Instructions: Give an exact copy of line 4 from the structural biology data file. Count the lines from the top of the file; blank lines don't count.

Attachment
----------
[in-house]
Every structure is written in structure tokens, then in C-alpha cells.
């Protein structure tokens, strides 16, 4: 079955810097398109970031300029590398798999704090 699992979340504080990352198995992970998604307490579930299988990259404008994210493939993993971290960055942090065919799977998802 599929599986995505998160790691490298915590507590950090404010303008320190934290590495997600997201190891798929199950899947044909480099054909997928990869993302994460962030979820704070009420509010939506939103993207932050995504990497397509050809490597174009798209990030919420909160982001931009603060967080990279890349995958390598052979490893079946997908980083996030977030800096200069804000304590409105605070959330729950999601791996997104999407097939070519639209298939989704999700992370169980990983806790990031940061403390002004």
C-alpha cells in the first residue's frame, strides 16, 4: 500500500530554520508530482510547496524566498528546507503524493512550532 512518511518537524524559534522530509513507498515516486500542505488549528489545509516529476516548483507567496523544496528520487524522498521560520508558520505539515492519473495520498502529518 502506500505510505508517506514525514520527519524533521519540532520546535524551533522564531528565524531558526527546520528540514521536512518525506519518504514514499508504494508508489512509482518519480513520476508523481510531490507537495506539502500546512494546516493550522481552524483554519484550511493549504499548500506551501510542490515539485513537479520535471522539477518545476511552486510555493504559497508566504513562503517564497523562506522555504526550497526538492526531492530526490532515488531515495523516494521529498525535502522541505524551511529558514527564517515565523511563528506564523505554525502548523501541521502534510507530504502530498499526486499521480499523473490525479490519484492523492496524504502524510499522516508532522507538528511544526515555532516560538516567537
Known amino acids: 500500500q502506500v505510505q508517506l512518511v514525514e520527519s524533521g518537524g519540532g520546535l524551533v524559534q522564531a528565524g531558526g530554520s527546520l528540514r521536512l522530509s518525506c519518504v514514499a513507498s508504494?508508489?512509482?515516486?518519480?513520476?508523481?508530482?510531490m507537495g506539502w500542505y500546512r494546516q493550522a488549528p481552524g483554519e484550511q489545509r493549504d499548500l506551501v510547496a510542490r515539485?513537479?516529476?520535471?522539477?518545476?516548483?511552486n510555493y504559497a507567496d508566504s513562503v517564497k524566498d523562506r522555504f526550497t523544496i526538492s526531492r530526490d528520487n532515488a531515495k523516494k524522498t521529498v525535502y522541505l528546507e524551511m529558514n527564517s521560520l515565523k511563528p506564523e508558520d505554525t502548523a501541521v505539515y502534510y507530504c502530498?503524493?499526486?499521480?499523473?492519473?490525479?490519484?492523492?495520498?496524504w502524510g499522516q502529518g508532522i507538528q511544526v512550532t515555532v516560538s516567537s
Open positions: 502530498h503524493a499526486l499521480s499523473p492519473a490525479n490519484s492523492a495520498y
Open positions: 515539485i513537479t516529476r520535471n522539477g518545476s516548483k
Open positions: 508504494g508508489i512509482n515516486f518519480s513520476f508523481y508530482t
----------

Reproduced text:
C-alpha cells in the first residue's frame, strides 16, 4: 500500500530554520508530482510547496524566498528546507503524493512550532 512518511518537524524559534522530509513507498515516486500542505488549528489545509516529476516548483507567496523544496528520487524522498521560520508558520505539515492519473495520498502529518 502506500505510505508517506514525514520527519524533521519540532520546535524551533522564531528565524531558526527546520528540514521536512518525506519518504514514499508504494508508489512509482518519480513520476508523481510531490507537495506539502500546512494546516493550522481552524483554519484550511493549504499548500506551501510542490515539485513537479520535471522539477518545476511552486510555493504559497508566504513562503517564497523562506522555504526550497526538492526531492530526490532515488531515495523516494521529498525535502522541505524551511529558514527564517515565523511563528506564523505554525502548523501541521502534510507530504502530498499526486499521480499523473490525479490519484492523492496524504502524510499522516508532522507538528511544526515555532516560538516567537